Only one will win in the end, and each comic hopes he takes home the
grand prize, but for now they are trying to rally civic pride to help
them advance to the next round.
Gonzalez said the team is "'Survivor'-esque," a reference to the TV show "Survivor," where competitors form alliances to compete against others. "Comedy is a really competitive business," Gonzalez said. "You really don't want another comic to be better than you, because they'll get more stage time."
The national competition began Jan. 8 with categories for pop, rock, rhythm and blues, country and hip-hop, but no San Diego County performers are competing in those fields. One winner in each category will take home a $10,000 prize.
In the comedy competition, 100 comics, who submitted video clips of their material to the online competition. Viewers voted for their favorites during the first elimination round. Twenty-five are left, including the five from San Diego County: Gonzalez, Aaron Hughes of La Jolla, Erik Knowles of Poway, and Stuart Swanson and Quartez Wynn, both of Oceanside.
The latest round of comedy voting began Saturday and will end Friday with 10 contestants remaining. Those winners will be flown to Austin, Texas, for a live Webcast competition that will narrow the field to five. Those five then will compete in a final Webcast competition in Austin, with one claiming a $10,000 prize.
Fans can vote at Famecast.com or at www.yastu.com/vote, a Web site the five created to gather votes for themselves. "It's kind of selfish, or it's genuis," Hughes said about the self-promotion. "We are an anomaly in that we're working together. Usually, it's every man for himself." Getting attention, whether for the contest or a career in general, is a crucial part of the business, the comics said. "There's lots of politics in comedy, man," Wynn said. "Being funny is just half of it."
Gonzalez also said there's more to success than just performing. "A lot of people don't make it because they don't know self-promotion is part of the business. They think people will just show up because you're funny. But you have to put your face out there and tell people where you're going to be performing."
The local comics might perform as many as five nights a week at the Comedy Store in La Jolla, the Comedy Palace in Clairemont, the Comedy Co-op in Sorrento Valley or other clubs. None are at the level of national tours just yet, but they have driven hours to perform six minutes of material in Orange County and Los Angeles.
The clips on Famecast.com show the comics each performing original material, which often is drawn from their personal lives or inspired by their observations of life.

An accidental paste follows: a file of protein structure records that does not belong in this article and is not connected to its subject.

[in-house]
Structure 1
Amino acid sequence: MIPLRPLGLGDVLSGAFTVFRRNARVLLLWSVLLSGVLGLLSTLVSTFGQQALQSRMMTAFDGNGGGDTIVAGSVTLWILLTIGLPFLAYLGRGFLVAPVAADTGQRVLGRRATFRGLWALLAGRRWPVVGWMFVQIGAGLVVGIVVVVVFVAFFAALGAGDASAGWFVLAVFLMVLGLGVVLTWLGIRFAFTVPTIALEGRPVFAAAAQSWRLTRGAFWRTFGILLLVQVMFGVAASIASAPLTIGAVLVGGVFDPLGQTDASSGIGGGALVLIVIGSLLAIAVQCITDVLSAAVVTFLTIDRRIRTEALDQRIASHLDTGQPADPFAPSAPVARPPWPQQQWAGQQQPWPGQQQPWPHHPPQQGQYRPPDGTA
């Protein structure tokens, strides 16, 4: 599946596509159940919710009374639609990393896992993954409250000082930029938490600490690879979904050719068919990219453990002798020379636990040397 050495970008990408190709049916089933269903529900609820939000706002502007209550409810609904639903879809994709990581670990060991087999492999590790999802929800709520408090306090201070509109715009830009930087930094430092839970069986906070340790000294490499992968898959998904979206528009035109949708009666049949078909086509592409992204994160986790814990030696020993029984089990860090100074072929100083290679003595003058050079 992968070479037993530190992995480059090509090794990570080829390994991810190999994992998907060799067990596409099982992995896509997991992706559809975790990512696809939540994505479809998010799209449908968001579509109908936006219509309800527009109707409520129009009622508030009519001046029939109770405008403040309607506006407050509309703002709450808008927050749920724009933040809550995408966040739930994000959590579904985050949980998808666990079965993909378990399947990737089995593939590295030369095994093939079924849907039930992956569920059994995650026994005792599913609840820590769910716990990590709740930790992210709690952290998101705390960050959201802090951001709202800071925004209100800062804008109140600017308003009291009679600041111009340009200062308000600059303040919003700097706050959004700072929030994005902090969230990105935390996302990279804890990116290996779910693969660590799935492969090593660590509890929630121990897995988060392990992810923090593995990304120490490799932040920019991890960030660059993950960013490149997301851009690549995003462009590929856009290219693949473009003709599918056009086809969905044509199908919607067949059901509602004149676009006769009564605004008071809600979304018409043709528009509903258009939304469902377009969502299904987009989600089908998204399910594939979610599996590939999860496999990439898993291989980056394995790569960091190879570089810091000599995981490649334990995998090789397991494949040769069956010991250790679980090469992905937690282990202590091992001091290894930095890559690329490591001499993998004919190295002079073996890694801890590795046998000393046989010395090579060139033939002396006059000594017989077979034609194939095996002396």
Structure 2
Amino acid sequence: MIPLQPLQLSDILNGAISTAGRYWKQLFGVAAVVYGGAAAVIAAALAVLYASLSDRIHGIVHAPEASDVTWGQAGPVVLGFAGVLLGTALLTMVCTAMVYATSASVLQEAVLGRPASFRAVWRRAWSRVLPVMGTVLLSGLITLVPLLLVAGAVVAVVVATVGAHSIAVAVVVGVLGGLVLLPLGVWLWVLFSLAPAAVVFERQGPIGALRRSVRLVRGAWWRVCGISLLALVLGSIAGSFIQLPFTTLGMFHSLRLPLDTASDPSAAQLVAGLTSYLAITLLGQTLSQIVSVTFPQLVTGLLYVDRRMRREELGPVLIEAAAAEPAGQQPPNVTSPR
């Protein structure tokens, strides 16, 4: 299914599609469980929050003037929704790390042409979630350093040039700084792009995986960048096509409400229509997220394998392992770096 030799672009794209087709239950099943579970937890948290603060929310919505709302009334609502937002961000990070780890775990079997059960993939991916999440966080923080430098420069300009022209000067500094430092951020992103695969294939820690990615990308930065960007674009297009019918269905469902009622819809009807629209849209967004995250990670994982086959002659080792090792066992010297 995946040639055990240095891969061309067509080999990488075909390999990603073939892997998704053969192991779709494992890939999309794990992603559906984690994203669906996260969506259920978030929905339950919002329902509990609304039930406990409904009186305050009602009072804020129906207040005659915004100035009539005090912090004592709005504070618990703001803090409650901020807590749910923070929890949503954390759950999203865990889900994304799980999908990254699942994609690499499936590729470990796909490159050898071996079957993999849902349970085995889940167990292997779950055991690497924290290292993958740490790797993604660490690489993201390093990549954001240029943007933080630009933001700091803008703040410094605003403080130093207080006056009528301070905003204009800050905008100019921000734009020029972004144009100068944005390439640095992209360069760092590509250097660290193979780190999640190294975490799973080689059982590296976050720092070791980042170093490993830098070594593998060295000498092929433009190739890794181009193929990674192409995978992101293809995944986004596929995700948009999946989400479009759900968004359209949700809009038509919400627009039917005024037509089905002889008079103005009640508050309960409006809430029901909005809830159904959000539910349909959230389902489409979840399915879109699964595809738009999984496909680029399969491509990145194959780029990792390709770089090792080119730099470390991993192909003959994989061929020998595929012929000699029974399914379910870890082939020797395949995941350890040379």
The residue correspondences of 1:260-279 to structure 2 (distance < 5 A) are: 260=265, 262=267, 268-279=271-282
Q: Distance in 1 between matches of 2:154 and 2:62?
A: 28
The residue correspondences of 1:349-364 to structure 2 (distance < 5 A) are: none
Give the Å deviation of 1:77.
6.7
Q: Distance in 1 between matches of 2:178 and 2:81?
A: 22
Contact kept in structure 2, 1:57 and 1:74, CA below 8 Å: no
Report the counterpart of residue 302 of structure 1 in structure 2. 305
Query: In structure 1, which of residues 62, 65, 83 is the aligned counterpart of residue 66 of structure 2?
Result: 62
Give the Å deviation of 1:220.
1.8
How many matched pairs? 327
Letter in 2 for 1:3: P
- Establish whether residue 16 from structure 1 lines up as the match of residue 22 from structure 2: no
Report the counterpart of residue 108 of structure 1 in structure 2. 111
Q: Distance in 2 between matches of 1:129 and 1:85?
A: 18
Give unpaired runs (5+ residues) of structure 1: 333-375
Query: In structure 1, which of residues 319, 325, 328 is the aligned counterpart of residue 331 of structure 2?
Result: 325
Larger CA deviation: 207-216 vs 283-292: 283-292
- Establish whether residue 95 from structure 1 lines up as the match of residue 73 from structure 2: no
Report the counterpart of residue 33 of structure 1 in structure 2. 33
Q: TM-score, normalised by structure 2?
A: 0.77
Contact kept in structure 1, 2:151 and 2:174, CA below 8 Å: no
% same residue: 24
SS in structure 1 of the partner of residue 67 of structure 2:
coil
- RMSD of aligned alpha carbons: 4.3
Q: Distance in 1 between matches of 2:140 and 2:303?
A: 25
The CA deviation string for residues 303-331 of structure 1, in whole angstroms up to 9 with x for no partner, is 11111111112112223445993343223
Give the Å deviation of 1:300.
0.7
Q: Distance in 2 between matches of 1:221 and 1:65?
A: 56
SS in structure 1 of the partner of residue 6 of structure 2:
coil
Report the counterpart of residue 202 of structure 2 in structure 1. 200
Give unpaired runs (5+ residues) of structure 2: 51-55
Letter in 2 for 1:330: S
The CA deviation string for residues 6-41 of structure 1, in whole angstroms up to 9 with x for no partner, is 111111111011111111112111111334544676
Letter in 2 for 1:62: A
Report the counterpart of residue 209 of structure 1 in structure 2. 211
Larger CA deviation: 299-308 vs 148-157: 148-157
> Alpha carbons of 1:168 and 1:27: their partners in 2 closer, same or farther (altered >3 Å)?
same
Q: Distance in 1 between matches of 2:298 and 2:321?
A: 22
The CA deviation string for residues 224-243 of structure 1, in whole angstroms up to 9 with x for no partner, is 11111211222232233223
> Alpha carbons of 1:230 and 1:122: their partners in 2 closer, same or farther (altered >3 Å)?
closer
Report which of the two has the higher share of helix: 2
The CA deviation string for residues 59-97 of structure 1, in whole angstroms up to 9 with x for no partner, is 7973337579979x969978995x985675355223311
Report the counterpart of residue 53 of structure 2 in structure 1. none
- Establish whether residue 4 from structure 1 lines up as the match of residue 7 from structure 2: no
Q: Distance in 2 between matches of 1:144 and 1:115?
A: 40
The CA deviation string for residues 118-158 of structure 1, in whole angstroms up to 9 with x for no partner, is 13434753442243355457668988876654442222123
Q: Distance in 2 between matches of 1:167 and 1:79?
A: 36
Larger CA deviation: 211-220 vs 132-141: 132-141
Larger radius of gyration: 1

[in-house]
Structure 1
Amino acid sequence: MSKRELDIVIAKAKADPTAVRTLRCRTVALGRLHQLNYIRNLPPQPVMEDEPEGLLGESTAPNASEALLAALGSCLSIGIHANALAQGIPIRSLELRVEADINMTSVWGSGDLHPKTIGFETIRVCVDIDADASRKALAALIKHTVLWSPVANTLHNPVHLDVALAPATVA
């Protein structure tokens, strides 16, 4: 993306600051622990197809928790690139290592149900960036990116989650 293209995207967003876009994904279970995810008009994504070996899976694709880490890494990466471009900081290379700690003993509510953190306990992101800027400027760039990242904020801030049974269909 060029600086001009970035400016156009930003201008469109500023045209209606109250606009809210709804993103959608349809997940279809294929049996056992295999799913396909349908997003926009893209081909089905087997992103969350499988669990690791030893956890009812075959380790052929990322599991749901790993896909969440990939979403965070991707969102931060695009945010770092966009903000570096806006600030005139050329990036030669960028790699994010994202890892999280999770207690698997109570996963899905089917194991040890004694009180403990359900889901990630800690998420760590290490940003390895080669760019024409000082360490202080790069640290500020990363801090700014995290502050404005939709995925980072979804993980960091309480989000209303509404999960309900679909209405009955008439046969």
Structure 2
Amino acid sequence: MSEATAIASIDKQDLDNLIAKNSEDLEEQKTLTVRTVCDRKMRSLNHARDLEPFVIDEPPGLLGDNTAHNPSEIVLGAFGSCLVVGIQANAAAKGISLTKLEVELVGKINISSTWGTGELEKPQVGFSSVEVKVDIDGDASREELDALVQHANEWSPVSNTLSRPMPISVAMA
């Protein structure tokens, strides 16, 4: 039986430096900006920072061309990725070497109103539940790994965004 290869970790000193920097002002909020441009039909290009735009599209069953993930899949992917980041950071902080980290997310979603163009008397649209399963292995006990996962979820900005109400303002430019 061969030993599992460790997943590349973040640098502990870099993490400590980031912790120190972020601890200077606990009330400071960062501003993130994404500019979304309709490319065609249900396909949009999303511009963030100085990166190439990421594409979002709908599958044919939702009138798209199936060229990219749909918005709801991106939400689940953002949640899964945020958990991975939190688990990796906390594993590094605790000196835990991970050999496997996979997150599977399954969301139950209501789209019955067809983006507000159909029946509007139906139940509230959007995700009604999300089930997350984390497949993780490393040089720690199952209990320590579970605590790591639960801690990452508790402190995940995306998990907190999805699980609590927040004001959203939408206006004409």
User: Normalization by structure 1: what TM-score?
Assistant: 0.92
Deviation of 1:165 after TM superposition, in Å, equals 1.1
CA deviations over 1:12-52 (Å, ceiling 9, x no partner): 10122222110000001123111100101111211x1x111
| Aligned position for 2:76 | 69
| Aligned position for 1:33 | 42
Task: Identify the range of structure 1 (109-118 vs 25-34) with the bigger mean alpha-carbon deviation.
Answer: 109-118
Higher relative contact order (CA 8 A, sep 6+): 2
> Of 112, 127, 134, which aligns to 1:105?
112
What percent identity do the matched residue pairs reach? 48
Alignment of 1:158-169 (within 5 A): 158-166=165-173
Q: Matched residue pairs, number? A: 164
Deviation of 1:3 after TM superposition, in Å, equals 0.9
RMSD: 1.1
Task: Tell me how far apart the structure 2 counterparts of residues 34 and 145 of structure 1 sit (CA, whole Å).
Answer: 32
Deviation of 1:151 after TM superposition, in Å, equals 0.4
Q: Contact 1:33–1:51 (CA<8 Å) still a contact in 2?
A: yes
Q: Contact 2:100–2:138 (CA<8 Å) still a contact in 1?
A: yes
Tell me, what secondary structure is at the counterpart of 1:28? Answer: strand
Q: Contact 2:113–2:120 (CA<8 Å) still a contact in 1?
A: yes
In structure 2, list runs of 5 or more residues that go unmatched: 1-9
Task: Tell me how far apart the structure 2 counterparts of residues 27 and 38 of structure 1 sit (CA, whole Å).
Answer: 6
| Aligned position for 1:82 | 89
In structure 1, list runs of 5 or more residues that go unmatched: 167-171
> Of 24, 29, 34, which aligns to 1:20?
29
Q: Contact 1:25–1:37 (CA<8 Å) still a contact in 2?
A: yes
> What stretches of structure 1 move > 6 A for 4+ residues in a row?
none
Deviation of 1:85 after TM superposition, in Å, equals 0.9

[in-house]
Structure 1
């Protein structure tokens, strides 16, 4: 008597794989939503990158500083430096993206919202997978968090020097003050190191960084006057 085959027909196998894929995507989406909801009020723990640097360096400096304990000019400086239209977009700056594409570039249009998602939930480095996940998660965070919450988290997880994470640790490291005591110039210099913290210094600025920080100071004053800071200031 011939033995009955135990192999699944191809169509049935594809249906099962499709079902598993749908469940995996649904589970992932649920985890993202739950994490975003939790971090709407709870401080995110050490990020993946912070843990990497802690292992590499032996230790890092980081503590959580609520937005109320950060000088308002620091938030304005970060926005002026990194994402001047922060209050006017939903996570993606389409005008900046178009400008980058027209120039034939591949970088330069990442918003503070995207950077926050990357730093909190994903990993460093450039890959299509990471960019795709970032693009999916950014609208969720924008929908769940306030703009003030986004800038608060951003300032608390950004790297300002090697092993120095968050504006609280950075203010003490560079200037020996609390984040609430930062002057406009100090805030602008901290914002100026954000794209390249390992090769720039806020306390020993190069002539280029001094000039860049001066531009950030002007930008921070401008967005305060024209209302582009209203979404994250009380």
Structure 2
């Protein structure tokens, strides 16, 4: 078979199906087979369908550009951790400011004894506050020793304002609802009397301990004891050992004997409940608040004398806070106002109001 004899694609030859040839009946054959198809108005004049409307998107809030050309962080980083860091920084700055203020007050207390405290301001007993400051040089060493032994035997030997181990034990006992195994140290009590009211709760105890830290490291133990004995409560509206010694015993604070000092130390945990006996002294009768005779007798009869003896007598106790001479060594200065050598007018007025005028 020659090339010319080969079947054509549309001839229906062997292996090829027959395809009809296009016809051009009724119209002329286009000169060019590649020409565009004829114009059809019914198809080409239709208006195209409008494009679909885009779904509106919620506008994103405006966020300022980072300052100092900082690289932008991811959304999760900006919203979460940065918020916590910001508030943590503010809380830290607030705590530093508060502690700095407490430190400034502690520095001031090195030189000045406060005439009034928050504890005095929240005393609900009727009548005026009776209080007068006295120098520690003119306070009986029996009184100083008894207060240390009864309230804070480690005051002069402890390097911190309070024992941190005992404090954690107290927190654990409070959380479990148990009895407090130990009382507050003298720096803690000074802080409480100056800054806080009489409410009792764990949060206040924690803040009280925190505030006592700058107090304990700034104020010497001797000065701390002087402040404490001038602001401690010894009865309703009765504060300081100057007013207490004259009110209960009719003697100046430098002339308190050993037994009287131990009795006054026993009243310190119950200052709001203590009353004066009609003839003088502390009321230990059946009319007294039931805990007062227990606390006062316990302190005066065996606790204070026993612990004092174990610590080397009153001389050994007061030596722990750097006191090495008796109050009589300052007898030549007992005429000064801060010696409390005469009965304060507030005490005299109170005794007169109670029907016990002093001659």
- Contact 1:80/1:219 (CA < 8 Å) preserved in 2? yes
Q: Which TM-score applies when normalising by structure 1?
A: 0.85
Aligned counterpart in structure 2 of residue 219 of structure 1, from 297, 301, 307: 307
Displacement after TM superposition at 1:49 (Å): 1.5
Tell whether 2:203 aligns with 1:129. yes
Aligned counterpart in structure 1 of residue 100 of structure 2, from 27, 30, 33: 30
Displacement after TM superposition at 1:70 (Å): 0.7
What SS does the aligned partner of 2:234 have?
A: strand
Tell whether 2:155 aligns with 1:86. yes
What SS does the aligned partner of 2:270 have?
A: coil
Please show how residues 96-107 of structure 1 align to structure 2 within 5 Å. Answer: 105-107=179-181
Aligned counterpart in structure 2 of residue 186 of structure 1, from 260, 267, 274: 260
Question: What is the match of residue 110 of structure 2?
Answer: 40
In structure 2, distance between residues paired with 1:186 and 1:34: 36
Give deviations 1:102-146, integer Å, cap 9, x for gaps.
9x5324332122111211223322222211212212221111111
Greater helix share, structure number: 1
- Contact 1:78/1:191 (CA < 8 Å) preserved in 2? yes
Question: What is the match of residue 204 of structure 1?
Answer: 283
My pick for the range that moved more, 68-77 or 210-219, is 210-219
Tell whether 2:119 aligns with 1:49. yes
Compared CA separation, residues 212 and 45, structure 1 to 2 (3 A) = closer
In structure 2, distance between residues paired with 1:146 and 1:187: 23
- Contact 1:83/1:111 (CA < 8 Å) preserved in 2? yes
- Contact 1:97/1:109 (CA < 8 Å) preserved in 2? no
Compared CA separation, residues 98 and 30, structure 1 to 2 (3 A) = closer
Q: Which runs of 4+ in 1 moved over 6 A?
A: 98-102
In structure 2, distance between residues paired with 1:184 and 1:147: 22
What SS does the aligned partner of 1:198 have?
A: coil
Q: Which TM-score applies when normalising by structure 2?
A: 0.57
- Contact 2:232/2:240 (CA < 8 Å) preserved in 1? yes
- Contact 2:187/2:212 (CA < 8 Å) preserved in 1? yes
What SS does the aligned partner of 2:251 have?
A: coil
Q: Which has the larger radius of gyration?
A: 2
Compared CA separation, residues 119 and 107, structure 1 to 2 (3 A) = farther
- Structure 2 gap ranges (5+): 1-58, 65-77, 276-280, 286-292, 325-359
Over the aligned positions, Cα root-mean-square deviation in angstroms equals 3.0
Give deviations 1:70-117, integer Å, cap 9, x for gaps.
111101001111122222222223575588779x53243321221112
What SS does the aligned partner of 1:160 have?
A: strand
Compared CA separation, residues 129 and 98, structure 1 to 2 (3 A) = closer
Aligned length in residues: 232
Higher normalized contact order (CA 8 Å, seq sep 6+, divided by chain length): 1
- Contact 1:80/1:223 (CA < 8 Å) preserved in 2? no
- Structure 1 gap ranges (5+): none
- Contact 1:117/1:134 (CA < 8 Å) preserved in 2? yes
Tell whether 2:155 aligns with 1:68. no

"What's in the local news?" Swanson says in his routine. "Linda Vista woman mugged in her driveway. Man stabbed in neck in Linda Vista fight. Sailor dies in car crash on Linda Vista freeway. And here's some breaking news: Stuart Swanson not living in Linda Vista."
Hughes, a systems engineer for Qualcomm, joked about how he gathers comedy material throughout the day with a voice recorder.
"But what happens when it accidentally goes off at work?" Hughes said. "You know, at a big technical engineer meeting, all of a sudden I shift in my chair ---- 'What's up with airplane food?'"
Gonzalez often draws material from growing up in a Latino neighborhood. At one time, he said he asked his mother whether he was adopted.
"She says, 'Look around, fool. You're like everyone else in this house. You're an accident.'"
Wynn, who is black, joked about diversity in his Famecast.com material.
"There's some things white people know, black people know, and Mexicans don't know," he said. "A chicken is not a pet.
"There are some things white people know, Mexicans know, blacks do not know," he continued. "Teeth do not need to be accessorized."
All of the comics have day jobs for now. Knowles, a former Marine, is a helicopter mechanic on North Island and sometimes finds material from his days in the service.
"I was the kind of guy who they said was going to grow up to be a comedian, and I said, 'Oh, right.'" he said. "I gave it a try to get them off my back."
Like most comics, Knowles first stepped on stage at an open-mic night with three minutes of material.
"They laughed at my first joke, and I was hooked right there," he said.
Swanson said he has been funny his whole life, but wasn't inspired to do comedy until one night at a dinner party where everybody was laughing at his jokes.
"I thought, 'I should go up on stage and do that,'" he said.
Hughes had tried comedy some years ago and set it aside after a particularly bad night. After earning an engineering degree and finding a good job, he returned to comedy last year and is much more comfortable performing, knowing he has secure work offstage.
Wynn said he was inspired to try comedy because he believed he was funnier than most comics he saw on Comedy Central.
"After all these years, one day I decided to go down there and take a crack at it," he said. While some new comics perform at open-mic nights for two years, Wynn was invited to do regular shows at the Comedy Store after 11 weeks.
"Comedy is a passionate thing," he said. "If you're good at it, it really comes kind of easy once you get past the stage fright. It's the greatest job in the world, to be honest with you. You get to say whatever you want. The only rule is, it has to be funny."
Contact staff writer Gary Warth at (760) 740-5410 or firstname.lastname@example.org.